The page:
98032A   178   9878A I/O Expander
98032A   181   9881A Character Line Printer Interface
98032A   183   9883A High Speed Tape Reader Interface
98032A   184   9884A Paper Tape Punch Interface
98032A   185   9885M/S Flexible Disc Drive Interface
98036A (Serial Interface)   031   Provides bit serial communication between 9831 and asynchronous EIA RS-232-C devices

The following HP devices were officially supported with the 9831A:

HP Part Number   Option   Description
9862A   031   Plotter
9863A   031   Paper Tape Reader
9864A   031   Digitizer
9866A   031   Thermal Line Printer
9866B   031   Thermal Printer
9869A   031   Hopper Card Reader
9871A   031   Character Impact Printer
9872A   031   Plotter
9877A   031   External Tape Memory
9878A   031   I/O Expander
9881A   031   Line Printer
9884A   031   Tape Punch
9885M   031   Flexible Disc Drive (Master)
9885S   031   Flexible Disc Drive (Slave)

HP produced two memory upgrade kits to increase the amount of available RAM:

Kit Number   Board Number   Size
98221F   09825-66522   8K
98222F   09825-66523   16K

The 9831 only appeared in the 1978 catalog. The catalog copy read:

The HP 9831A is a destop computer that can be used as either a stand-alone device or with peripherals in an integrated computing system for industrial, commercial and scientific applications.

One of the main features of the 9831A is its BASIC language. Because BASIC is a commonly known computer language and is similar to English, it is easy to learn. At the same time the 9831's BASIC is powerful enough to meet the demands of experienced programmers.

To facilitate programming, string variables and general input/output commands have been built into the 9831. These enable the machine to accept and manipulate alphanumeric information and also provide for basic peripheral operations. In addition there are 24 Special Function keys (12 with shift, 12 without) which can be used to represent text, functions or entire programs with keystroke simplicity.

For fast storage and retrieval, a two-track tape cartrdige drive has been built into the 9831A. The storage medium, a high-density, rapid-access tape cartridge, records up to 250k bytes of information and also features automatic verification of data.

The 9831A comes standard with 7,162 bytes of read/write memory and is expandable to 31,738 bytes. Other features of the 9831 include a 32-character LED display, a typewriter-like keyboard with upper- and lower-case alphanumeric and three I/O slots and four ROM channels for extending language capability and peripheral control.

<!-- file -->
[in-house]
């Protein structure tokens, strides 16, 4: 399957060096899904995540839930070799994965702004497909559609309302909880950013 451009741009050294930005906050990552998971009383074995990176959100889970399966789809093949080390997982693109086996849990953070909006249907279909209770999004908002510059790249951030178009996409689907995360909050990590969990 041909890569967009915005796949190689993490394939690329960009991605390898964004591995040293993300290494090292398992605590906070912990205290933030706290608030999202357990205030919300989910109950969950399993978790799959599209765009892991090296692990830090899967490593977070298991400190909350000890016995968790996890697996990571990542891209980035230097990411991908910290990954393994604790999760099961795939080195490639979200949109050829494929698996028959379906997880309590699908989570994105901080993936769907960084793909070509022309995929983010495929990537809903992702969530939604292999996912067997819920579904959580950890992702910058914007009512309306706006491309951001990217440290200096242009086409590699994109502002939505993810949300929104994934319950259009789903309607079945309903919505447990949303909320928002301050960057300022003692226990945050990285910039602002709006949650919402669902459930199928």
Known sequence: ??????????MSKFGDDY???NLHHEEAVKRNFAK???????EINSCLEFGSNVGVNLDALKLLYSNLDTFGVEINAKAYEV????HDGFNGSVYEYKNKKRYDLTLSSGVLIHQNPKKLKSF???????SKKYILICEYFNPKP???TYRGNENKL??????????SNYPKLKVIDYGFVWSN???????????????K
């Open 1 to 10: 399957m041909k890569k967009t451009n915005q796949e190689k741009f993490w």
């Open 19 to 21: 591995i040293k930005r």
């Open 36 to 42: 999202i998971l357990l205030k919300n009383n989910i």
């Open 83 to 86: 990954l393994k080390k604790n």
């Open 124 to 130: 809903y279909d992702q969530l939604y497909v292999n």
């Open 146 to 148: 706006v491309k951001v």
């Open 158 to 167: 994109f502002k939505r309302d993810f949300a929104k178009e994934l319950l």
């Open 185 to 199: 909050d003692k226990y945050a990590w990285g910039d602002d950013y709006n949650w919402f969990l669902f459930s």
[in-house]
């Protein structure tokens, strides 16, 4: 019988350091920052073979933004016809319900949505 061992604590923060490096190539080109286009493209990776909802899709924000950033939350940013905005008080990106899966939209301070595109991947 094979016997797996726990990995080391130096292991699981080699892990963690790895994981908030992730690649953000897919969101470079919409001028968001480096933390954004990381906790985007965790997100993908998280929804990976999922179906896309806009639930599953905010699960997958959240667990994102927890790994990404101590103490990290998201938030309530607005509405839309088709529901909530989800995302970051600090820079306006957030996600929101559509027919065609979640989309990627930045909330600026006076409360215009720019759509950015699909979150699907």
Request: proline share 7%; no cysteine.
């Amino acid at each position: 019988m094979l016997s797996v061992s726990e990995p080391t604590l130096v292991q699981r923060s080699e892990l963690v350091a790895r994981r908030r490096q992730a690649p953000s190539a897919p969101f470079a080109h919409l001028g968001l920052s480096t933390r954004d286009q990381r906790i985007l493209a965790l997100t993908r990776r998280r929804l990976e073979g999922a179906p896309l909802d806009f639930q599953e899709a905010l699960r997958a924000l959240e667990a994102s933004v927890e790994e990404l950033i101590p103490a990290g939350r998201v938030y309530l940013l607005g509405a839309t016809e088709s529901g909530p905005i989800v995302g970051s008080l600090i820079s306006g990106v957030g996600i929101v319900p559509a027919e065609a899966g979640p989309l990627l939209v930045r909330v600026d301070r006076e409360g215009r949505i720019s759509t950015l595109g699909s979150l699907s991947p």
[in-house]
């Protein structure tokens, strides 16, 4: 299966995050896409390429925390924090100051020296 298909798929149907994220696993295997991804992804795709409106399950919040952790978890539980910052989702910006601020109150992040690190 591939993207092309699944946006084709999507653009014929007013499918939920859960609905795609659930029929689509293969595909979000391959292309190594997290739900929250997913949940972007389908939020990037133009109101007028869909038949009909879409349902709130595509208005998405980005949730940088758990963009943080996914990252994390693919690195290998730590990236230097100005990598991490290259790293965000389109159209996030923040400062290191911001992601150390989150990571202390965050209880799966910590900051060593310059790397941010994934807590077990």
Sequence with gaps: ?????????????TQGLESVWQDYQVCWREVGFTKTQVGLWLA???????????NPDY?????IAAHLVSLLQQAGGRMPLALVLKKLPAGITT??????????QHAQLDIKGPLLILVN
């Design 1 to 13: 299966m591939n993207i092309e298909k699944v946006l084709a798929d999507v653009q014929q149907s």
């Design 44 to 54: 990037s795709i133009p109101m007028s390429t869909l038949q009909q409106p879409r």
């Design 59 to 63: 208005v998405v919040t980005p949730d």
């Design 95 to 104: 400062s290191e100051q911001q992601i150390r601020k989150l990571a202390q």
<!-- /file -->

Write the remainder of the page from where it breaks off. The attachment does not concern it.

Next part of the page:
• Alphanumeric keyboard
  • 32-character LED display
  • Built-in tape cartridge drive
  • Hardwired BASIC language
  • Add-on read-only memory (ROM)
  • Expandable read/write memory
  • Up to 12 significant digits
  • Full trigonometric capability
  • Boolean algebra capability
  • 12-24 Special Function keys (shift included)
  • Broad range of peripherals

The 9831A was conceived in early 1976 as a business product for the new Fort Collins Division (FCD), a spin-off of the Calculator Products Division (CPD), which made the 98xx-series desktop calculators (9810, 9820, 9830, 9825, followed by the 9835 and 9845).

The 9831A project was known internally as "Bucs 77" because it was intended to generate immediate revenue in 1977 for the newly-created FCS while engineers worked to complete the new HP 200 small business computer. The idea was to port the 9830A BASIC firmware to the new 9825A hardware (which was 11 times faster than the 9830A) and then port the existing 9830A business applications (General Ledger, Accounts Payable/Receivable, etc.) to this new platform.

The 9830A, introduced in 1972, had a discrete, 16-bit bit-serial processor with a CPU architecture based on the HP2100 series of computers. The 9825A was introduced in November 1975 and used a three-chip CPU set, again based on the 2100 series. At an assembly source code level, the 9830A and 9825A CPU's were about 90% compatible - the exceptions being the I/O and math. This compatibility was crucial, because it allowed the port to go very quickly. The 9830A BASIC code, minus math and I/O, was combined with the 9825A math and I/O code to produce the 9831A. (The rest of the 9825A HPL code was not used).